There was a time not too long ago when I told clients to have fun when buying their first home. I’d tell them to take their time, really get a feel for their living space. I still think that buying a home should be a positive experience but the changes to the housing market over the last few years has certainly spoiled the mood.
For those wondering, I’ve stopped telling people that because it’s become terrible advice.
There is some good news however, the First Home Savings Account (FSHA) is now available, and I must say there’s an incredible amount of financial horsepower in this vehicle. So I thought I’d take this month’s Buzz on Finance to talk about this new tool. It’s not going to make the housing market any less competitive, but it’s going to help with saving up for that first downpayment
Great News For First Time Home Buyers
For a lot of registered accounts there’s a give and take, in a previous article I took a look at comparing the Tax-Free Savings Account (TFSA) with the Registered Retirement Savings Account (RRSP). With the FSHA, there’s no real competition, there’s a lot of upside to using it, and there’s not a lot of downside. Which makes it pretty unique, but it’s still important to understand it.
There’s an $8,000 annual contribution limit to the FHSA, that’s an individual limit. For couples that means they could be contributing $16,000 each year. Now here’s where it gets really powerful, those contributions are tax deductible. So they go on your tax return the same way an RRSP contribution does. So long as you take those contributions out for a qualified withdrawal, you don’t pay taxes when that money comes out. So you get a tax deduction when it goes in, and so long as you use it to buy your first home that money doesn’t get taxed later.
That’s really really good.
Who can use it?
A name like First Home Savings Account might imply you can only use it to buy your very first home. However, that’s not the case! You just need to have not owned a house this year, and in the previous four calendar years, so for 2023, if you owned a house in 2018 or earlier but not 2019 to present, you could use the FSHA. The rule would apply to you or your spouse. So even if you didn’t own a house for those years but your spouse did you wouldn’t be eligible.
Like anything the government does the rules are complex, but the important thing to remember is that having owned a house in the past doesn’t immediately disqualify you from using the FSHA.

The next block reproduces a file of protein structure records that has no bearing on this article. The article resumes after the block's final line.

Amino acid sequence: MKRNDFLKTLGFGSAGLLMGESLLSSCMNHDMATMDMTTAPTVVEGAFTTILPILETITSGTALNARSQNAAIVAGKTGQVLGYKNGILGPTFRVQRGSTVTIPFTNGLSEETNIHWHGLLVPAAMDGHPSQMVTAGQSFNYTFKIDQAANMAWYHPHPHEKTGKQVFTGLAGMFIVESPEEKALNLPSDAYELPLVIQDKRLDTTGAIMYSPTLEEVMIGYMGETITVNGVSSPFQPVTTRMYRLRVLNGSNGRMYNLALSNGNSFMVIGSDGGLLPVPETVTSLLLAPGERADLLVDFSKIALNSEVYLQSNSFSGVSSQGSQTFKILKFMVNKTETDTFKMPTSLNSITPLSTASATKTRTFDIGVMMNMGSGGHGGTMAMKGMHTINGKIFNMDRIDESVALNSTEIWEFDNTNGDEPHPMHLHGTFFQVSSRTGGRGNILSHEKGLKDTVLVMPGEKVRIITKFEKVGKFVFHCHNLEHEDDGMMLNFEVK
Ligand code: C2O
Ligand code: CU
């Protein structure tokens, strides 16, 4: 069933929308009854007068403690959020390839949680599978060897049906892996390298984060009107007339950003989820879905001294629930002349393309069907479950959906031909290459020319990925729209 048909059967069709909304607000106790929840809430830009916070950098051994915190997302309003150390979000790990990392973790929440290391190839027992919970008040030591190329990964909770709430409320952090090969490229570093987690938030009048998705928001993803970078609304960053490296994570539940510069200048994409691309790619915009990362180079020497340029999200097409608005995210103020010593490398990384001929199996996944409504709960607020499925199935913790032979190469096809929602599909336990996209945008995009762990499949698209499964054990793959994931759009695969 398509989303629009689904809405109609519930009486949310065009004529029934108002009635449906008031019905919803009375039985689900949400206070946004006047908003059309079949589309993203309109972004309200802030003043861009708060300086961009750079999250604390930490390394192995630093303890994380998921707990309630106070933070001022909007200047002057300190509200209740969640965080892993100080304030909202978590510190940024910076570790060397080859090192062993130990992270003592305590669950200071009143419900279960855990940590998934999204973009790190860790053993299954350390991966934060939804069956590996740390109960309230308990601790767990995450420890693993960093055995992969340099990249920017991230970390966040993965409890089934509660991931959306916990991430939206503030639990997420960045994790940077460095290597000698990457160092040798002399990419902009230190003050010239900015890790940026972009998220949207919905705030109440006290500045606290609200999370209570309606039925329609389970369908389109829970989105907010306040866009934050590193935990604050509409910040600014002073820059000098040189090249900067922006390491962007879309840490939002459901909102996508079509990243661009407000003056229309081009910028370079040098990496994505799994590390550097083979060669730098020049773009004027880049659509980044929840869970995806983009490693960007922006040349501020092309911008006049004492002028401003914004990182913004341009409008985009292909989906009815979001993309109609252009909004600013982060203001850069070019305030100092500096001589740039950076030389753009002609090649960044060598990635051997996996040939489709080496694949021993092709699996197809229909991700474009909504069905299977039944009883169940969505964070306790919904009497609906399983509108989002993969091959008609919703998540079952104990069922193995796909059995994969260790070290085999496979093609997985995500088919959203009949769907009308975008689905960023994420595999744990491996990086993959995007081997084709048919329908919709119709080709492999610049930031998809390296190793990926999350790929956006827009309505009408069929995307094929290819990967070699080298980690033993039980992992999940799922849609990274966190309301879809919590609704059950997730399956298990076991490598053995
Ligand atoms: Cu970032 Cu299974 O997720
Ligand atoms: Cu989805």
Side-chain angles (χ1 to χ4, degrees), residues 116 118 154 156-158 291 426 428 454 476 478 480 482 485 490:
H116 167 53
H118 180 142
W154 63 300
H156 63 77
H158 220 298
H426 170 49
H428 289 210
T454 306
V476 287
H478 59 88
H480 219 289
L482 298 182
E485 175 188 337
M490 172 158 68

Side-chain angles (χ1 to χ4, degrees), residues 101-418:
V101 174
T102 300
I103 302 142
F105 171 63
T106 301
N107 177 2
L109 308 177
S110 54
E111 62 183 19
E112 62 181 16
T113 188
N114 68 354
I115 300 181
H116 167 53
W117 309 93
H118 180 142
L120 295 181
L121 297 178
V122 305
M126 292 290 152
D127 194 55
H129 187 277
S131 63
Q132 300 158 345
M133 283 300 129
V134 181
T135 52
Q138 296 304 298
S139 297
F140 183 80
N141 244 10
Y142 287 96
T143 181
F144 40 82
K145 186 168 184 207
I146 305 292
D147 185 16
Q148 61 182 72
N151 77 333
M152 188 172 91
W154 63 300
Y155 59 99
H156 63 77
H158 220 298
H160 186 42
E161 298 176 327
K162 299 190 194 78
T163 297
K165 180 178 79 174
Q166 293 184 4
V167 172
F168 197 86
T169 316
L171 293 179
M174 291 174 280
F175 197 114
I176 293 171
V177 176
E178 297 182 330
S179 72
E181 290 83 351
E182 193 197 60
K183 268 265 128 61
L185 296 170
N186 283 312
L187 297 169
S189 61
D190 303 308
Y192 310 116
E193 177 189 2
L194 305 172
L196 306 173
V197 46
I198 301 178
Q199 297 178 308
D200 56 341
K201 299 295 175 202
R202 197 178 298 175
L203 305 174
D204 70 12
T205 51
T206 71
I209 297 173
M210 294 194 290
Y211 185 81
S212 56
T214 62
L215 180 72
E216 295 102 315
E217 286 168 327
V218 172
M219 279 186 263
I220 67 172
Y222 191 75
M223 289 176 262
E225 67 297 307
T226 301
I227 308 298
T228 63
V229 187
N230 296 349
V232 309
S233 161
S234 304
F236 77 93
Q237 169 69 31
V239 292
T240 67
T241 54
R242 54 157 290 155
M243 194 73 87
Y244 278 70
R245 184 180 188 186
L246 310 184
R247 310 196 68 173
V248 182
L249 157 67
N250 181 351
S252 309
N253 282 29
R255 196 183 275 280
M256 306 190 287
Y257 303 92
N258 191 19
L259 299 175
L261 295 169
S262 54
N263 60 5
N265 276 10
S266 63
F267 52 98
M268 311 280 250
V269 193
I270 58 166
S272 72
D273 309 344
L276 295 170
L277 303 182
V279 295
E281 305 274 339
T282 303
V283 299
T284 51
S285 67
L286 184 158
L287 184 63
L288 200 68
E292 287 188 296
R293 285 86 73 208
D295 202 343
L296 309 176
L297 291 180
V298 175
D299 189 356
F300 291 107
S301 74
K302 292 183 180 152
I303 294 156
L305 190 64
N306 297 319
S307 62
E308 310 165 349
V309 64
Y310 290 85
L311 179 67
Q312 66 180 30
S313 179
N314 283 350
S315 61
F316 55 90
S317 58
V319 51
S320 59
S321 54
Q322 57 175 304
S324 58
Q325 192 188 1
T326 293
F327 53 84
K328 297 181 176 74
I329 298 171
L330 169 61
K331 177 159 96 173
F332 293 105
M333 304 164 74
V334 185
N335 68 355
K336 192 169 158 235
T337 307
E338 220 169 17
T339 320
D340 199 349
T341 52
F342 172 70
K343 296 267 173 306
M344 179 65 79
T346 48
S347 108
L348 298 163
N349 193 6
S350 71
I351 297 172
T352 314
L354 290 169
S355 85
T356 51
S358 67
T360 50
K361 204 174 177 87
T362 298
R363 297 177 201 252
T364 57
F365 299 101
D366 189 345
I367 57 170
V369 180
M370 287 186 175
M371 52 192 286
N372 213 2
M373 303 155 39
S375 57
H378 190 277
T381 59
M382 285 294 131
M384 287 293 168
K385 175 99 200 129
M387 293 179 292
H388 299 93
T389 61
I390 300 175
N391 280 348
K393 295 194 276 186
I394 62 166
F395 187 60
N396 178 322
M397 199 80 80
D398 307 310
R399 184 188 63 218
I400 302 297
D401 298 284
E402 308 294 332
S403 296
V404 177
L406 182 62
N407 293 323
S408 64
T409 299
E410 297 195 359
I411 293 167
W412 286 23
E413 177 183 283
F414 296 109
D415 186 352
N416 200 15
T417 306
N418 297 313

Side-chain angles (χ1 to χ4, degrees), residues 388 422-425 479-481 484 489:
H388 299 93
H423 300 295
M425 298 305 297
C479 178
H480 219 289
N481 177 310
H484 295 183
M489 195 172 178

Like the Home Buyers’ Plan but Better!
Anyone that’s used their RRSP account to fund a downpayment is familiar with the Home Buyers’ Plan (HBP.) This plan, which still exists and you can use alongside an FSHA, allows you to withdraw money from an RRSP account, but you need to either pay that money back to your RRSP over fifteen years, or pay taxes on the withdrawal.
With the FSHA, you don’t need to make any contributions back to it, and you can also transfer money from an RRSP into an FSHA. You won’t get a tax deduction again, as you got it when you contributed to the RRSP, but it still comes out of the FSHA tax free. If you were looking at using an HBP withdrawal, the FSHA is going to give you more flexibility. They can also stack, the maximum HBP withdrawal is $35,000 per person, and the lifetime maximum contribution to the FSHA is $40,000. Over the next few years this is going to make saving for, and then using a downpayment a lot easier.
Working that RRSP Transfer
You can directly transfer money from your RRSP into your FSHA, if you’ve already got $8,000 in your RRSP you can transfer that over now into your FSHA, and you can do it each year until you hit that lifetime contribution limit of $40,000. If you don’t end up needing to use the full amount, or your situation changes, you can also transfer money from your FSHA back to an RRSP. That gives you a lot of flexibility, and even if you don’t end up using this account to buy a home, you can still transfer it into your RRSP for long term savings.
It’s More Then Just a Savings Account
One of the more common misunderstandings of TFSAs, is because they say savings account, they can only be used like a savings account. A TFSA, much like an FSHA, can hold many types of financial products and investments. Though you should be very careful about how you handle your downpayment you have more at your disposal then just a savings account, a GIC could be a great option if it makes sense for you. If you’re thinking of investing in an FHSA, make sure you have a good handle on your time horizon, no one wants the market to take away their downpayment!
They’re Still Brand New
Financial Institutions are still rolling out FHSAs, they were only officially launched by the government on April 1st. If you’re not able find all of the info you want from your financial institution of choice here’s a link to the Government of Canada’s page.
If buying your first home is something that feels very out of reach right now then I hope you look into the FHSA. It’s not an easy time to buy your first home but this is a very powerful tool that will make it much easier to get that downpayment together.
Until next month, happy saving!
Laura Whiteland is a CERTIFIED FINANCIAL PLANNER® and Chartered Investment Manager® Professional, she is the owner of Inclusive Financial Planning, a fee-only financial planner. Laura also hosts Stress Free Finance, a podcast dedicated to taking the stress out of personal finance.
This article is intended as general financial information and should not be construed as personalized financial advice.